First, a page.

Summer squash, as its name suggests, is a category of squash that are grown during the warmer summer months. Example types include zucchini and yellow crookneck squash. Though the specific growing needs of summer squash vary slightly according to variety, several general problems related to soil conditions, insect pests and diseases can affect your summer squash crop.
Various types of mildews can afflict summer squash foliage during all growing seasons, but are most prevalent during the fall, according to North Carolina State University Extension. Gardeners can plant summer squash during the early summer to minimize the chances of their plants contracting this disease. Avoid getting the summer squash plant's foliage wet, and water in the morning so the sun can rapidly dry the plant. Treatment options include standard vegetable fungicides, usually copper-based sprays, available at most garden stores and nurseries.
Though they may only measure 5/8 inch long, the squash bug and its larvae can cause extensive damage to your summer squash plant by feeding off of the plant's foliage. The University of Illinois Extension recommends a standard insecticide to treat this problem. Examples include sprays with bifenthrin and permethrin. Gardeners can minimize the risks squash bug infestations by planting a summer squash variety that's resistant to the insects, like 'Royal Acorn' or 'Butternut' squash, according to the Virginia Cooperative Extension.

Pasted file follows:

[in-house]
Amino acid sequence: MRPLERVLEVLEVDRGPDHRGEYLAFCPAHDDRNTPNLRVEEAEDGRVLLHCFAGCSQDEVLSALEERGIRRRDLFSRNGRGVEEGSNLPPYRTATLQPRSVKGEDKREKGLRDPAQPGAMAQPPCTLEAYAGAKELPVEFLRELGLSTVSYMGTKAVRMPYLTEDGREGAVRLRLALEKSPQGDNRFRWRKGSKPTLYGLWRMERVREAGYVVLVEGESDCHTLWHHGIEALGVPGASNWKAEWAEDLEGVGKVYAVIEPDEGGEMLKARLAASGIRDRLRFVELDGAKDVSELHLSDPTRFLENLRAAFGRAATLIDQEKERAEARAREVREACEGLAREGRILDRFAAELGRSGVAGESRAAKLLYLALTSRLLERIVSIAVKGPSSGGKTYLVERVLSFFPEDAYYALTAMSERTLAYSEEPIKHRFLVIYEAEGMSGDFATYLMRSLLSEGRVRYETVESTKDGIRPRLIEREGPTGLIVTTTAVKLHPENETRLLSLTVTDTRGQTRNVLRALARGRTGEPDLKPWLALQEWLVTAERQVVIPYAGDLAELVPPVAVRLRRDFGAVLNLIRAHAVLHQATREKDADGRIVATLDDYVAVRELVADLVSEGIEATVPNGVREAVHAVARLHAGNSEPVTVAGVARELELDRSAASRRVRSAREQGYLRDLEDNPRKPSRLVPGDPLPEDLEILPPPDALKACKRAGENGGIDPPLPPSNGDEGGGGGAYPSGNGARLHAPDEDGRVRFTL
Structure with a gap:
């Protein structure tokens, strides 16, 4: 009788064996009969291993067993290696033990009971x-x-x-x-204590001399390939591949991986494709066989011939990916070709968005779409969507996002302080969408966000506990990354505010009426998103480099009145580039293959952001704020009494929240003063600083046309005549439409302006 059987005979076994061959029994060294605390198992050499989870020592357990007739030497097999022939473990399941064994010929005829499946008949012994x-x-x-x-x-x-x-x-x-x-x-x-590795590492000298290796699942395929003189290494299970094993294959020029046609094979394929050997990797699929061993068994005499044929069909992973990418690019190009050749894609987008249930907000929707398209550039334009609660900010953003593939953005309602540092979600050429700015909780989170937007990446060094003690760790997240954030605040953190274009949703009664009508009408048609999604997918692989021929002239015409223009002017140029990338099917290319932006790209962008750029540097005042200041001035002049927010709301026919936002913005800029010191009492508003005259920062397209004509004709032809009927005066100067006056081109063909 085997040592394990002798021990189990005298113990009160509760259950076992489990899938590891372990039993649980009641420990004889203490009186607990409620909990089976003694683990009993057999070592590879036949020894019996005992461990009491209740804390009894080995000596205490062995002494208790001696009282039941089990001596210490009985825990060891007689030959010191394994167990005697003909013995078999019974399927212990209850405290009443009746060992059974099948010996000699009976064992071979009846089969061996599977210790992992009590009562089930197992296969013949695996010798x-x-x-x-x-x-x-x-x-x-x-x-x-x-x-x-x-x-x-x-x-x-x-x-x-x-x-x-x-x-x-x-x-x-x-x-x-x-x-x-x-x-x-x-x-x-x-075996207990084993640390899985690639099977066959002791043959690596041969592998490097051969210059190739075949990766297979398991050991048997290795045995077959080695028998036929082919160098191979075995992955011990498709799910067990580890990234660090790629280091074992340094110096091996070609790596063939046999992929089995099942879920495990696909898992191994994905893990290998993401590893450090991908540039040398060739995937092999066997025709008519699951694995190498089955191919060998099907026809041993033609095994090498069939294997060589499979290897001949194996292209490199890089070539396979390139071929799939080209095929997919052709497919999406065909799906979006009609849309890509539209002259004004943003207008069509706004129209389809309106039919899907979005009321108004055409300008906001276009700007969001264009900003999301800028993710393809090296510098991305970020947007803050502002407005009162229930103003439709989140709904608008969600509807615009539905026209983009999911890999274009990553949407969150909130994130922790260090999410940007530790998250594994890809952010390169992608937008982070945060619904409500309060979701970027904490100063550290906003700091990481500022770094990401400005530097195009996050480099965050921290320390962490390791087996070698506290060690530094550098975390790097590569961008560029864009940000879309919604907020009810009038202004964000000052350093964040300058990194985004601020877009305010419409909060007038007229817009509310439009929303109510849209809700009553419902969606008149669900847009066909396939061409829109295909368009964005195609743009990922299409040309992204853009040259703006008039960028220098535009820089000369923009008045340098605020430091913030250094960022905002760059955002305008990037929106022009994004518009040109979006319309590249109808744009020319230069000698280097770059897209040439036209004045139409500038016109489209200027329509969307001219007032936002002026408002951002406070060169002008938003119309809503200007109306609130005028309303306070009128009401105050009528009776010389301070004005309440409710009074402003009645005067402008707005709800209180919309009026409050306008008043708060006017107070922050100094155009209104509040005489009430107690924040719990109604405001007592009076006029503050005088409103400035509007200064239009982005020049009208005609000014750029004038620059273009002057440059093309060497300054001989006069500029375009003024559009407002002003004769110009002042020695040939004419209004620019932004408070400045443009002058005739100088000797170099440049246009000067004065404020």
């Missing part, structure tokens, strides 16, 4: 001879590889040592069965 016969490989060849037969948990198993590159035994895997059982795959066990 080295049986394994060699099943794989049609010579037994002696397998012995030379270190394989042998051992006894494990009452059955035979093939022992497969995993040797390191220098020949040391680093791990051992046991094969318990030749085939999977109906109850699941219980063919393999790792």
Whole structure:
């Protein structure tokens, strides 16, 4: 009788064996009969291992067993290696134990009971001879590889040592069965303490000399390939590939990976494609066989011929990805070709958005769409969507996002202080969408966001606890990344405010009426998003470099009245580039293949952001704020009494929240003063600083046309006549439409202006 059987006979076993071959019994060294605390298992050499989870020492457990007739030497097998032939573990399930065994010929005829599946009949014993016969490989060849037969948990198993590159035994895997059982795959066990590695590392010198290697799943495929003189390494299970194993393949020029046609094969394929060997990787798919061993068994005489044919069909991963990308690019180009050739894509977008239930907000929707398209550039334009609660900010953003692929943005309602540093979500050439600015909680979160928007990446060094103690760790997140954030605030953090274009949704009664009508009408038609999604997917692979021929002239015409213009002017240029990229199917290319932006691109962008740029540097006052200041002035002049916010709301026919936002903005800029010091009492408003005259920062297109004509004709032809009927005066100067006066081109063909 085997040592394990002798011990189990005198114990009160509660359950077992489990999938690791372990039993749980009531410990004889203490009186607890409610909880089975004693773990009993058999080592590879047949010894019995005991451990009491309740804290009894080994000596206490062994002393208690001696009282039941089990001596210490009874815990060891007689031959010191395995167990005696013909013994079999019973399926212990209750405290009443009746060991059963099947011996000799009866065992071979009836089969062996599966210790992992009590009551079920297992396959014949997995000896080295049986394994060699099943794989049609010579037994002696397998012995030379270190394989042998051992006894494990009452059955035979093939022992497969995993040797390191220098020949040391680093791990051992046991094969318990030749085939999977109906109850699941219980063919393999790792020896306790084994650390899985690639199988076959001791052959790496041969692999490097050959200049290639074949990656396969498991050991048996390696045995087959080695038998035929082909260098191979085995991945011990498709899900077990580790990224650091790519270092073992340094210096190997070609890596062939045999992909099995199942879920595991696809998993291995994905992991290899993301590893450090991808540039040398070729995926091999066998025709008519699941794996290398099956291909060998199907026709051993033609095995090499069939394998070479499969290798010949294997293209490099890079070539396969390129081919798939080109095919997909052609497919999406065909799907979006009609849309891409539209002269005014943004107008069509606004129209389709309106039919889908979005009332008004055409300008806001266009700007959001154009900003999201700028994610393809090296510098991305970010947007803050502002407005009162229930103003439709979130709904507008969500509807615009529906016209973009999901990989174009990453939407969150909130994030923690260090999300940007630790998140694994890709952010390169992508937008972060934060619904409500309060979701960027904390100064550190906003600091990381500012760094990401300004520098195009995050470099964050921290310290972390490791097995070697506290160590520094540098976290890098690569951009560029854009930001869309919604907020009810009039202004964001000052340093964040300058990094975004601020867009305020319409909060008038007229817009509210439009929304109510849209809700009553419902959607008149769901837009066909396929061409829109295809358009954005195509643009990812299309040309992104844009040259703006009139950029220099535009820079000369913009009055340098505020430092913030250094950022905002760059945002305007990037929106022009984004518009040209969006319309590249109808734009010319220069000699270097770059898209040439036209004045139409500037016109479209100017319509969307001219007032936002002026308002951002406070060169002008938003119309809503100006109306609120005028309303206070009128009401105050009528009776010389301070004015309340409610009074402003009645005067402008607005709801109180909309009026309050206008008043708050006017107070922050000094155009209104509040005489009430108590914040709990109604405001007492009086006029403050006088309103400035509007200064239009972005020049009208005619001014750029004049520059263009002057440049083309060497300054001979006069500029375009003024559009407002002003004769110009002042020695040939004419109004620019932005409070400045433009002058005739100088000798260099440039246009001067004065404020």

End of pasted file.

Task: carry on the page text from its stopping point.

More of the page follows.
Poor Plant Development
Summer squash need regular waterings and consistently moist soil to support proper plant growth, according to Cornell University Extension. Additionally, summer squash need full sun--six to seven hours of direct sunlight--to thrive. Gardeners can increase their soil's ability to retain moisture by stirring in a couple inches of aged compost into the dirt. Additionally, adding 3 to 4 inches of mulch can help prevent moisture evaporation.
Cucumber beetles cause more than just physical damage to the summer squash plant and fruit. The beetles also carry a bacteria that causes bacteria wilt, according to the North Carolina State University Extension. Standard vegetable insecticides can be applied to control the pest. For a non-chemical control method, the University of Illinois recommends covering the summer squash plants with polyester row covers, available from most nurseries.
Summer Squash Scab
Lesions or dead spots on the summer squash fruit and plant are known as squash scabs and are caused by the Cladosporium cucumerinum fungus. Besides being aesthetically unpleasing, the disease can also provoke stunted plant growth. Cornell University Extension recommends increasing air circulation around the plant to dry them out. Fungicides like maneb and chlorothalonil can also eliminate the problem.